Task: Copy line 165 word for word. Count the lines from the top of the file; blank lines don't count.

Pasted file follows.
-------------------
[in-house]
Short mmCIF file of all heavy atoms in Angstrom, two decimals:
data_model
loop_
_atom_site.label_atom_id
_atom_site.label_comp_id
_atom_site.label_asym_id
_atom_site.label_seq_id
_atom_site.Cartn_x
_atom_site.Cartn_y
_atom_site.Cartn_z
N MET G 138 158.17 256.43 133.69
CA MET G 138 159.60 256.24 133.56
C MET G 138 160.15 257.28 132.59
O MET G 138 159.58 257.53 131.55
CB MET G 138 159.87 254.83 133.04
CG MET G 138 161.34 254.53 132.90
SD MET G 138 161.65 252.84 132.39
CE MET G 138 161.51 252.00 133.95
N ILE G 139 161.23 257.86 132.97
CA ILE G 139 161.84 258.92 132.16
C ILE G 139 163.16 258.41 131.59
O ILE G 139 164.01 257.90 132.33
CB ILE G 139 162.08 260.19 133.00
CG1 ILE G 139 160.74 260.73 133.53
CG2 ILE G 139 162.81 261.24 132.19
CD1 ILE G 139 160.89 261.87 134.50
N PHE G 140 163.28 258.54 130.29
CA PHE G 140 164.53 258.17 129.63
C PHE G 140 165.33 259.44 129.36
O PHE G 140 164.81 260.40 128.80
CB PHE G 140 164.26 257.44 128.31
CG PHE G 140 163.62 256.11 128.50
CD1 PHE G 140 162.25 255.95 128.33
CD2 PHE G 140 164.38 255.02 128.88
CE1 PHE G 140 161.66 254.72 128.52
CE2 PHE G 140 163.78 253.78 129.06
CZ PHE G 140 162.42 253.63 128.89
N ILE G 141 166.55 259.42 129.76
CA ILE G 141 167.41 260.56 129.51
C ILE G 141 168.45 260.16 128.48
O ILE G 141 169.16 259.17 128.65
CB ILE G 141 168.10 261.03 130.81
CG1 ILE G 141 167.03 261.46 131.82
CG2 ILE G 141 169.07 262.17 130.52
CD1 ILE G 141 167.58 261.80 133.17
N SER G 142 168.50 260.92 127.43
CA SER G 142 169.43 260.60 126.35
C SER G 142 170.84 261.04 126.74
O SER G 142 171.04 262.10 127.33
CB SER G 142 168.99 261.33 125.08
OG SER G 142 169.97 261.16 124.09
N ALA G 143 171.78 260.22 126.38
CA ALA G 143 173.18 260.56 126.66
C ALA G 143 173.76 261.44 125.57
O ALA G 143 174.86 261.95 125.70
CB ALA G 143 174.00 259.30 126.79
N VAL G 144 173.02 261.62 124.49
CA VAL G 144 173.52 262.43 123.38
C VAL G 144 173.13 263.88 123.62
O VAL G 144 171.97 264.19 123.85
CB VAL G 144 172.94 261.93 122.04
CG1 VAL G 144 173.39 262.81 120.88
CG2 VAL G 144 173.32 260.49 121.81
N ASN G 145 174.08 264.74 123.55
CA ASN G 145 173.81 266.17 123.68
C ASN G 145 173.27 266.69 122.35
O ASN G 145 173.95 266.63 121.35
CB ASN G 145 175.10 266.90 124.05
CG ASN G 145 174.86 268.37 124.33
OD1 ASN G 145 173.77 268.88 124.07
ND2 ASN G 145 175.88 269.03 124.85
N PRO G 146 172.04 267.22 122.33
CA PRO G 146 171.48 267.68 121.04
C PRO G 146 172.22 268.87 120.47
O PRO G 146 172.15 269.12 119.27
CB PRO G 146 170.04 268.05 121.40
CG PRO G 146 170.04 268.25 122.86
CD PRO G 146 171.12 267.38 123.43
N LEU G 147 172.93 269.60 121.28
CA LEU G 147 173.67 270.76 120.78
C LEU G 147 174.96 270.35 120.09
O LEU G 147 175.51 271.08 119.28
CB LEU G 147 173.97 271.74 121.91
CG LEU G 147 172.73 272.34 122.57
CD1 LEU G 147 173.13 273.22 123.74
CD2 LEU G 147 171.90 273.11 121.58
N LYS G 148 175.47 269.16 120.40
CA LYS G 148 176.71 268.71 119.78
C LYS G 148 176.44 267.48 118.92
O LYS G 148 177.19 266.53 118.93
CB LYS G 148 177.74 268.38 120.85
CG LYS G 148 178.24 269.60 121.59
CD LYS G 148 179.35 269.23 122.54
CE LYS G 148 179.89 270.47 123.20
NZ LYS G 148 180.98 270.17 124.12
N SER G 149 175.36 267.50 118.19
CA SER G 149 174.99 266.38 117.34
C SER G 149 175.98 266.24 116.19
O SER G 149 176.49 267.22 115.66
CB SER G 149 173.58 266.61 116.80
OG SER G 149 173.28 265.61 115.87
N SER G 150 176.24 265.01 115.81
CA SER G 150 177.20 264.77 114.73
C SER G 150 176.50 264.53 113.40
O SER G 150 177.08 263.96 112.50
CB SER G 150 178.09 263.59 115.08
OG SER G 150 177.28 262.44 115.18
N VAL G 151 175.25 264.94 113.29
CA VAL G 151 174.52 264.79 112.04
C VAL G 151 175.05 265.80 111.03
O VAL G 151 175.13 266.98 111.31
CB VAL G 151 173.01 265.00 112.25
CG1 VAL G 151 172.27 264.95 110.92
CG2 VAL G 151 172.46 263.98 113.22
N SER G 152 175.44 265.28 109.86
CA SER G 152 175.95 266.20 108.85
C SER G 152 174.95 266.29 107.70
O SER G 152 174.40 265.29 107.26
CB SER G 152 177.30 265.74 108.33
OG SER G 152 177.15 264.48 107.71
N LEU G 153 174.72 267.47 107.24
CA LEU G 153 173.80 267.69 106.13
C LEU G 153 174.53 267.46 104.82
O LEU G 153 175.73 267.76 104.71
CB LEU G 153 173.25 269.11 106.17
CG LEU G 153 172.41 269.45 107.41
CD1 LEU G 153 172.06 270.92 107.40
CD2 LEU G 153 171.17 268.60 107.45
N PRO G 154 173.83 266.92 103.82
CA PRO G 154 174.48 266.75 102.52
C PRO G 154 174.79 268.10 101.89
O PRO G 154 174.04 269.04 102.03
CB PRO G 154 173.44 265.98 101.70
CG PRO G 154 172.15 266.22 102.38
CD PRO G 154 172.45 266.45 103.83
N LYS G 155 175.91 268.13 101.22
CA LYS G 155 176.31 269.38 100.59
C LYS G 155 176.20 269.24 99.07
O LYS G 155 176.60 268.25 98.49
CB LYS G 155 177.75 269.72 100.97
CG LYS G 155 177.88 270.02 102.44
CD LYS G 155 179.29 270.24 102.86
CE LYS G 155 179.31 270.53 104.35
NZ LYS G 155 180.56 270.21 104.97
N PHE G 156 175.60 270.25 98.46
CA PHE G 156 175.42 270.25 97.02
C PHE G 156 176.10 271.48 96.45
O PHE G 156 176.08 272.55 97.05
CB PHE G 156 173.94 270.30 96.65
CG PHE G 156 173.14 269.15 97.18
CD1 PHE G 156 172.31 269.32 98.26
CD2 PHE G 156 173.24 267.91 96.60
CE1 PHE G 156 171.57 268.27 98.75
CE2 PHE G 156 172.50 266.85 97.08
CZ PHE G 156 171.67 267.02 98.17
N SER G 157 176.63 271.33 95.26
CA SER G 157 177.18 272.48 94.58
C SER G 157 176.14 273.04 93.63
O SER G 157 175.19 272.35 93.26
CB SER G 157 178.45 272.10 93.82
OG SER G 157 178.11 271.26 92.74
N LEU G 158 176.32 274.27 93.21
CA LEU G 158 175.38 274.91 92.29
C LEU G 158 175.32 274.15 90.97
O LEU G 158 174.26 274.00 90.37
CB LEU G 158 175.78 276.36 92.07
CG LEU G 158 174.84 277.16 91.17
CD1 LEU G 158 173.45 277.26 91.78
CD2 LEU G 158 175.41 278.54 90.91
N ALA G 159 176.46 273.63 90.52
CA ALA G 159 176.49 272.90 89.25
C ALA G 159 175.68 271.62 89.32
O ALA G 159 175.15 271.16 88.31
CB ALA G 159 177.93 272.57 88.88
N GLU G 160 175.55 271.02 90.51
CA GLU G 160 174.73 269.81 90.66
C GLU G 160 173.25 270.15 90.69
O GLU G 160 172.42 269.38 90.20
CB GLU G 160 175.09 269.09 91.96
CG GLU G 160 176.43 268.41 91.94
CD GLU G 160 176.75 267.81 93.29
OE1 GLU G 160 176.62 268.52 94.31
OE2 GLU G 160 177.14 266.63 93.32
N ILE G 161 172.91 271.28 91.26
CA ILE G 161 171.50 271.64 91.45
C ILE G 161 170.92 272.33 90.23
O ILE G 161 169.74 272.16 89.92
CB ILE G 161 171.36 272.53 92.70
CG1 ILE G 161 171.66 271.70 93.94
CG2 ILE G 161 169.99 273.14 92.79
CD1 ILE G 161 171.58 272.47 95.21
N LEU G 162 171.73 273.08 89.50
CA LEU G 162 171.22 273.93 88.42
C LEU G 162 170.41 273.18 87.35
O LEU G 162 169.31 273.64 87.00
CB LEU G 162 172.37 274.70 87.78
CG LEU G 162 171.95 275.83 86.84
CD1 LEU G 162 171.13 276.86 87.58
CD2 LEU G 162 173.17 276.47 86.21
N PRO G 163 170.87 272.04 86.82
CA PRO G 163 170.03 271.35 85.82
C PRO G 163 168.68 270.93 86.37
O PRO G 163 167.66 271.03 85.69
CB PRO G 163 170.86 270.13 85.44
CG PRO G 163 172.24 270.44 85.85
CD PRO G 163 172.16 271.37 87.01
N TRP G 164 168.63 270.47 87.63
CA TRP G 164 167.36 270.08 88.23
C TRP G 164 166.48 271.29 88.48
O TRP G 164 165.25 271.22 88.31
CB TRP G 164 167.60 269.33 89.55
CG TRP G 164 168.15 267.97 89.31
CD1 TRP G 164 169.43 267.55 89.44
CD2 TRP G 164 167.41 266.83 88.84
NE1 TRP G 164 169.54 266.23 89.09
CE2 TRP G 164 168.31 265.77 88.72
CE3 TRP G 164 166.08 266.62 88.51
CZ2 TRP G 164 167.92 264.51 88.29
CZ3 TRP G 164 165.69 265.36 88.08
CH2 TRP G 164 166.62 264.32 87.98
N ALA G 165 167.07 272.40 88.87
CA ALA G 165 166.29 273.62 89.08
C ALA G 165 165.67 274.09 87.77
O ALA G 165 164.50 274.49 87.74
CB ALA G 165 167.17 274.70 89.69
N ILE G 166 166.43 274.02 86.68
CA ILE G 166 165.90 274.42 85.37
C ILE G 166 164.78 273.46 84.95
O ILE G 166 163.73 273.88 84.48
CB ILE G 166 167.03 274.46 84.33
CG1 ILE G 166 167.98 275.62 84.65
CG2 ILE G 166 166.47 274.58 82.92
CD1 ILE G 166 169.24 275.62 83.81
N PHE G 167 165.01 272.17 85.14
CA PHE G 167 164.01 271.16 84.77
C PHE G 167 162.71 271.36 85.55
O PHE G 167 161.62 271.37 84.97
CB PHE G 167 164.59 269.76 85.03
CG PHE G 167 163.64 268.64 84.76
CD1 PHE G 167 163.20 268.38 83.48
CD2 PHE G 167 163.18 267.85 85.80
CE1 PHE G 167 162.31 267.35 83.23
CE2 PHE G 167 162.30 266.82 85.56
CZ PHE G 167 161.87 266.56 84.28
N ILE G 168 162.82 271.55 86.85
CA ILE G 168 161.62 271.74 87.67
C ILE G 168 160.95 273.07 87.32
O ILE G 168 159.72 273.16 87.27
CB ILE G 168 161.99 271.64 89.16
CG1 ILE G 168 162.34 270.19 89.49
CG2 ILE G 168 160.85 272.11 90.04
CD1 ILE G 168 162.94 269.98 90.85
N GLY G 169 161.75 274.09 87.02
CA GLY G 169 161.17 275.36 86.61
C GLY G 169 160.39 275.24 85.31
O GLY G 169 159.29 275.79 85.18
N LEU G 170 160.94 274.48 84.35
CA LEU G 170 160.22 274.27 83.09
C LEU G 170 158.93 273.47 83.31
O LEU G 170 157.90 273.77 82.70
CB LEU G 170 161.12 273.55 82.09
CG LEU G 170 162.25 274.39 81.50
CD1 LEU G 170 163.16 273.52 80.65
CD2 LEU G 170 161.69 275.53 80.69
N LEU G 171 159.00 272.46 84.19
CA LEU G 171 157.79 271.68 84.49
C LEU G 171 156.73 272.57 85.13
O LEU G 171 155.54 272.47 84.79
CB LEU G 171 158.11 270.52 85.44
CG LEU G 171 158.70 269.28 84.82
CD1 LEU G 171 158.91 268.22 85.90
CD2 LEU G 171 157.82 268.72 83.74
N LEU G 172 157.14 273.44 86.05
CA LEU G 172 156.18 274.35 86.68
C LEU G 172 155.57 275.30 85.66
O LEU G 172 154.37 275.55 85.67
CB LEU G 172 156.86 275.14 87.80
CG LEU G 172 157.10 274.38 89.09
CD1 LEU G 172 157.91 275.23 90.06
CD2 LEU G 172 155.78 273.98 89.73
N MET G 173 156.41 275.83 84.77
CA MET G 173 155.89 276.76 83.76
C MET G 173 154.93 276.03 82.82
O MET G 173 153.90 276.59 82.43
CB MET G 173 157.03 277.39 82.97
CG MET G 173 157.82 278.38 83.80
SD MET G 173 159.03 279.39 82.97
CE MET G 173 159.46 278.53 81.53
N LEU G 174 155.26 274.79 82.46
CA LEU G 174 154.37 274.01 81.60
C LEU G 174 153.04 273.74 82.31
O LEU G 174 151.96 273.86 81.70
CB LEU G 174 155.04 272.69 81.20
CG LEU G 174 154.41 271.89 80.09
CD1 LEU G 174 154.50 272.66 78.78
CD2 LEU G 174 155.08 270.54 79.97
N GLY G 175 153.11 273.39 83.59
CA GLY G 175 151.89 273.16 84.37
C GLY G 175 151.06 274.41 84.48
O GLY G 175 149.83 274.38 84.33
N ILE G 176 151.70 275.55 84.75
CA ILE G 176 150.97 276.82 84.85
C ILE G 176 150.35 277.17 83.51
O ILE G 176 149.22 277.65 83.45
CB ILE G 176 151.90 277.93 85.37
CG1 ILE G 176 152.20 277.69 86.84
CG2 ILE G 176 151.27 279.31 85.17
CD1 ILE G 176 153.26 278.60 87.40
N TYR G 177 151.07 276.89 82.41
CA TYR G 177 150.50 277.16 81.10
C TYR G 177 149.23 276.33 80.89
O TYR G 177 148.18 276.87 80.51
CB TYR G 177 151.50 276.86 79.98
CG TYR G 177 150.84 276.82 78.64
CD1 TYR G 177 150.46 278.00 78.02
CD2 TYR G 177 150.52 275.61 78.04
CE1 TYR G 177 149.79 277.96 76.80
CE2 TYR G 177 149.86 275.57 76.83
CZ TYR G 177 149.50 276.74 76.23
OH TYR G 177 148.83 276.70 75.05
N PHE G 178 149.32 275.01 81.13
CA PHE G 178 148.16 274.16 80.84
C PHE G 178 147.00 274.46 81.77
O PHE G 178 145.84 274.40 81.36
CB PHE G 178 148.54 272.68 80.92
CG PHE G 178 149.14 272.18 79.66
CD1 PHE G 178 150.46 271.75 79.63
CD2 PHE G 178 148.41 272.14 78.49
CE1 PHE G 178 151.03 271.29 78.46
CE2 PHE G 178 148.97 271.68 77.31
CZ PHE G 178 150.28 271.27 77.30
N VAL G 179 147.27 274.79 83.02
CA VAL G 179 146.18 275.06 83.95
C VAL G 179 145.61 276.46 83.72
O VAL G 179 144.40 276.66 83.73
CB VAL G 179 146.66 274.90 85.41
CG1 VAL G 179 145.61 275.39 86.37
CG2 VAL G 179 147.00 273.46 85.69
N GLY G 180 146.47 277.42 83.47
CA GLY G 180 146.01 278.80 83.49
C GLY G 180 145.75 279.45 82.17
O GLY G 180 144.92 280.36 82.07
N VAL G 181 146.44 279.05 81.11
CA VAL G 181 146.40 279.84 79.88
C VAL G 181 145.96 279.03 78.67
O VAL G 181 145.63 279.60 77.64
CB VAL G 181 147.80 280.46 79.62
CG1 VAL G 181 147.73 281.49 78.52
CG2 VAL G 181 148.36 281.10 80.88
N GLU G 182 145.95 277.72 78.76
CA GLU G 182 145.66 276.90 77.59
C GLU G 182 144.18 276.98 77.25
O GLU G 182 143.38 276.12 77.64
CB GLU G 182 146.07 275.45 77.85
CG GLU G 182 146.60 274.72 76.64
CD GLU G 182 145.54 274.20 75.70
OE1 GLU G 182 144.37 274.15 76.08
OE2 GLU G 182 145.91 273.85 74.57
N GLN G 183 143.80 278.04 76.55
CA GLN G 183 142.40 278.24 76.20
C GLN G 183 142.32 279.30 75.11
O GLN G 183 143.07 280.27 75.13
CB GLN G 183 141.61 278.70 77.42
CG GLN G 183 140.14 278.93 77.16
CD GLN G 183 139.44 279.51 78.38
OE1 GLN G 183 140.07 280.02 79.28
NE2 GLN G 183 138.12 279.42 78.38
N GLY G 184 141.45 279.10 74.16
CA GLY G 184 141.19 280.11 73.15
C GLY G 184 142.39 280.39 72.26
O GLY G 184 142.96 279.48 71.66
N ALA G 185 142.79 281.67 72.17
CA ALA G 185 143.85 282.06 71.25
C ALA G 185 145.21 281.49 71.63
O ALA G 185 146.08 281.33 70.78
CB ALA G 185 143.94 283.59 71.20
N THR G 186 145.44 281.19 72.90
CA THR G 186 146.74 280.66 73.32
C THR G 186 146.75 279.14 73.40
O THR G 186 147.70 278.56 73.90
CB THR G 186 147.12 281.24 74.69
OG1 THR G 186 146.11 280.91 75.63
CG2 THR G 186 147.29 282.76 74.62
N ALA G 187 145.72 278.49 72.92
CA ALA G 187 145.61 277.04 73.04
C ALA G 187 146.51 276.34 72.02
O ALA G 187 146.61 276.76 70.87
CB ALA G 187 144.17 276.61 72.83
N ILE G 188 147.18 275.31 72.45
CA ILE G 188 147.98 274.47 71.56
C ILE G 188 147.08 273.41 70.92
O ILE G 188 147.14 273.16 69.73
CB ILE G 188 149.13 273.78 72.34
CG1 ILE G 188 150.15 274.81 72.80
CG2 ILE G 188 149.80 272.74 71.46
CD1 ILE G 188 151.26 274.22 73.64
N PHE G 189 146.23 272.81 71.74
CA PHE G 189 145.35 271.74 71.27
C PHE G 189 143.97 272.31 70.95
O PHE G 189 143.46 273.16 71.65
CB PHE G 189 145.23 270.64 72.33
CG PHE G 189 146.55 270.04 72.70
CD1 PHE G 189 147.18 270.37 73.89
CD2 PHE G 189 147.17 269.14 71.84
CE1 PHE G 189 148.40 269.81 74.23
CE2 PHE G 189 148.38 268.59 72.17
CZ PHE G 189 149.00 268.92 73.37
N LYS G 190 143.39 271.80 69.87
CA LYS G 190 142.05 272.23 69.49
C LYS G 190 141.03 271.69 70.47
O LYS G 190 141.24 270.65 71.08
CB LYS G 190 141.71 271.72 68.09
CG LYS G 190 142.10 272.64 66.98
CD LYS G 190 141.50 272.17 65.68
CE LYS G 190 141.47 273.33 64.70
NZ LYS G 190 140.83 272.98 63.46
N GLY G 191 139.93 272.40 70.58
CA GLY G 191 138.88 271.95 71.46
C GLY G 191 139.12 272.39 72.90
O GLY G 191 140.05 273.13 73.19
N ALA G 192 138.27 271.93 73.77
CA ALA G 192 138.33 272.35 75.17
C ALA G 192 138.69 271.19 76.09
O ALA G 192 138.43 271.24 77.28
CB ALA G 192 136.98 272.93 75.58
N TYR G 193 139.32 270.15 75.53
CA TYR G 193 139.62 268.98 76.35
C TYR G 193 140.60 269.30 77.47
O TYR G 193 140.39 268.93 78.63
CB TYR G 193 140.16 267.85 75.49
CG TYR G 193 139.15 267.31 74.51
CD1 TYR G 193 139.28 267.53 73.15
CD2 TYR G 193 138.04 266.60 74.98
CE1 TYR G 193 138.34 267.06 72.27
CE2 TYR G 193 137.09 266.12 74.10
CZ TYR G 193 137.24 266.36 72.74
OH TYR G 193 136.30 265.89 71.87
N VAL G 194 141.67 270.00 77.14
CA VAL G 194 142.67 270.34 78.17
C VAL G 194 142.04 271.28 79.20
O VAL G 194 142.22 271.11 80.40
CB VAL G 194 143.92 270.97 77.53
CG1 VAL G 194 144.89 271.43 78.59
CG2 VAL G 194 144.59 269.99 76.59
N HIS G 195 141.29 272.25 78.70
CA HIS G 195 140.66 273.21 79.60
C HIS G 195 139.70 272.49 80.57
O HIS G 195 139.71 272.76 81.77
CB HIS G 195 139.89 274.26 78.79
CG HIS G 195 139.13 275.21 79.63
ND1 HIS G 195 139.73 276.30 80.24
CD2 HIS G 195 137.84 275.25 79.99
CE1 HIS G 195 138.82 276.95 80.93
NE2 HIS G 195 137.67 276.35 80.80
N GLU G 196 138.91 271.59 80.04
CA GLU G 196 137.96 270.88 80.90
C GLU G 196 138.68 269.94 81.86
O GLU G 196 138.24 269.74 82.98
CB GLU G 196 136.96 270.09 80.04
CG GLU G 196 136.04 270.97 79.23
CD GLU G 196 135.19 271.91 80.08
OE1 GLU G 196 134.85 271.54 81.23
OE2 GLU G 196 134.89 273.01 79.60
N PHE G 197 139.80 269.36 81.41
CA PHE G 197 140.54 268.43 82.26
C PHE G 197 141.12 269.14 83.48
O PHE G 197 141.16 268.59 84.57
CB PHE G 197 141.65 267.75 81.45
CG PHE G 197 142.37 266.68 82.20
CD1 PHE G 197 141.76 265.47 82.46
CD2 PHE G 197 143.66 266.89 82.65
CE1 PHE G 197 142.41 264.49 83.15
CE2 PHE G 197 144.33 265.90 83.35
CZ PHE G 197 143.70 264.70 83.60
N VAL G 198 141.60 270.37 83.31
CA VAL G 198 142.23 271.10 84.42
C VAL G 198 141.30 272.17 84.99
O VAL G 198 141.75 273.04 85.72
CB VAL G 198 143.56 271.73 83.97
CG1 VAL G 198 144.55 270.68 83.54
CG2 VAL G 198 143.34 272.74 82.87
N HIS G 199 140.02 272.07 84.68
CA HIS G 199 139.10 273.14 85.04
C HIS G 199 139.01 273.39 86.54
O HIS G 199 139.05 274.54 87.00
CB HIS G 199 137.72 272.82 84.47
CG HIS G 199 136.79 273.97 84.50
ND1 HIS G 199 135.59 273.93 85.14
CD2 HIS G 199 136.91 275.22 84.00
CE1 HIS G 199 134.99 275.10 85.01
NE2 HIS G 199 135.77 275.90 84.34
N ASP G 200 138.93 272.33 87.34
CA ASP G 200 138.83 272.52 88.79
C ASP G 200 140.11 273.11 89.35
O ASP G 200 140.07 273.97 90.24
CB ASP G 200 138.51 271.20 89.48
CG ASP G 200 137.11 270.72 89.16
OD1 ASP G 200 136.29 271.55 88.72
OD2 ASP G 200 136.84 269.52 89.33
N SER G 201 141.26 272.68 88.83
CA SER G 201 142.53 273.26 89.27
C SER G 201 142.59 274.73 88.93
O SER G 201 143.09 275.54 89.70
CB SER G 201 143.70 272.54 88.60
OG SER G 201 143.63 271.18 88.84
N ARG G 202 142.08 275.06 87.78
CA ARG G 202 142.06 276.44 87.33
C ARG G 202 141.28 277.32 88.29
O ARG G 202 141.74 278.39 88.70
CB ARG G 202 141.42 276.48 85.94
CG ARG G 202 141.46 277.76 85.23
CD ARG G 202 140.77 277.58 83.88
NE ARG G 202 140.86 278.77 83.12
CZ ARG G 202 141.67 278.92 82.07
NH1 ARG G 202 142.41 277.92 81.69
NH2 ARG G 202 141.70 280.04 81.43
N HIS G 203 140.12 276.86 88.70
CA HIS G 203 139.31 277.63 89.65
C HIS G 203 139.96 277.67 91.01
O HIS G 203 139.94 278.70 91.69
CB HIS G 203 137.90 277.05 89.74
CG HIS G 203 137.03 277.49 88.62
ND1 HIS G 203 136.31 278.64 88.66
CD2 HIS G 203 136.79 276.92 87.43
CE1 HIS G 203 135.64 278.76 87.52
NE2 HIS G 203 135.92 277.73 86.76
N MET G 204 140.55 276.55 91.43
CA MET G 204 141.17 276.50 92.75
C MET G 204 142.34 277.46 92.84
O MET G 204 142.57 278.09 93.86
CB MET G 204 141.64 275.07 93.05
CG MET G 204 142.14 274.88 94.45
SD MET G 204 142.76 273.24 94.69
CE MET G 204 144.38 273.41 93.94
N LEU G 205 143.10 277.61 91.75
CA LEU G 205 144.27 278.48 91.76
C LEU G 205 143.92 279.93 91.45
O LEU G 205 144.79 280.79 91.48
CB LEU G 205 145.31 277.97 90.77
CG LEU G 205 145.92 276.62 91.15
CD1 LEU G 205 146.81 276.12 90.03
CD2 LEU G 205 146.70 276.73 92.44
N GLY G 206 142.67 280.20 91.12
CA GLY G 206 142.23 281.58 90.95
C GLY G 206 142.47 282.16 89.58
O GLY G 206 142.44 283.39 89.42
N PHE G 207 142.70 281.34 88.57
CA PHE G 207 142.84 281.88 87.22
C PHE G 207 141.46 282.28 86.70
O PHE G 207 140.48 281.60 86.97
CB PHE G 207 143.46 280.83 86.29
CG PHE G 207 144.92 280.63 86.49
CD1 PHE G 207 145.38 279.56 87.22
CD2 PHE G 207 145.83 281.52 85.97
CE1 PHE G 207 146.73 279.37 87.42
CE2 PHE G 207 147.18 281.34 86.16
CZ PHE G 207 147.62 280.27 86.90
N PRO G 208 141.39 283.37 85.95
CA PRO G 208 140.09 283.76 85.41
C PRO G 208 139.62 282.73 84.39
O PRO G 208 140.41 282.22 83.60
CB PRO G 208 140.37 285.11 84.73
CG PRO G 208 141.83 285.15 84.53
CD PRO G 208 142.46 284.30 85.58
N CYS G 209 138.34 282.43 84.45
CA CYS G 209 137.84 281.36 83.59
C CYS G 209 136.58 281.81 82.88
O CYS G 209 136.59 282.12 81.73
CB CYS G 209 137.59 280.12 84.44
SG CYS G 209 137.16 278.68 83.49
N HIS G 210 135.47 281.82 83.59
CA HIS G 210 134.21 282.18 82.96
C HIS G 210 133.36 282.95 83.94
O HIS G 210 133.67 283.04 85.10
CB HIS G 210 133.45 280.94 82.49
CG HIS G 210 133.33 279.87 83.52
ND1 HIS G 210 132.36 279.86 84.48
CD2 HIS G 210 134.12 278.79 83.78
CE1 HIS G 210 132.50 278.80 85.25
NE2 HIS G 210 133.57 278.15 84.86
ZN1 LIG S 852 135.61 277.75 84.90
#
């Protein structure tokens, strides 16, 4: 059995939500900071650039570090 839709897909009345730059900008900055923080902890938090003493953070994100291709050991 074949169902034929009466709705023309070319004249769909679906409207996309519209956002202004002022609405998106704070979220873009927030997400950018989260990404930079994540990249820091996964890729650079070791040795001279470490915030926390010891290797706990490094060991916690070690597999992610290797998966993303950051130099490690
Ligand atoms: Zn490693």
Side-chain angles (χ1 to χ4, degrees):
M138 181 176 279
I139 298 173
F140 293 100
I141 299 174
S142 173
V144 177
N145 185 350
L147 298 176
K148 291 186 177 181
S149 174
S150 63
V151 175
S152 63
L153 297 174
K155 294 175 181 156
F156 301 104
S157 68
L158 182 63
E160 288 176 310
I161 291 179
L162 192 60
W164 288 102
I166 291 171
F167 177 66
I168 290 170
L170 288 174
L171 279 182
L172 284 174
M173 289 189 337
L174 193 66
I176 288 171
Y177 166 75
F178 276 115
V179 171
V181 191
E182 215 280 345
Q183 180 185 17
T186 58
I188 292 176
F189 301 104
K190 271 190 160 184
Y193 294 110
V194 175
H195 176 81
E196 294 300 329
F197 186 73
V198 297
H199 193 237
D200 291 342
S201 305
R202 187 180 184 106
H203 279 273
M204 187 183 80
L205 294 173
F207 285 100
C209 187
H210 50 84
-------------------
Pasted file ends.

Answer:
C LEU G 158 175.32 274.15 90.97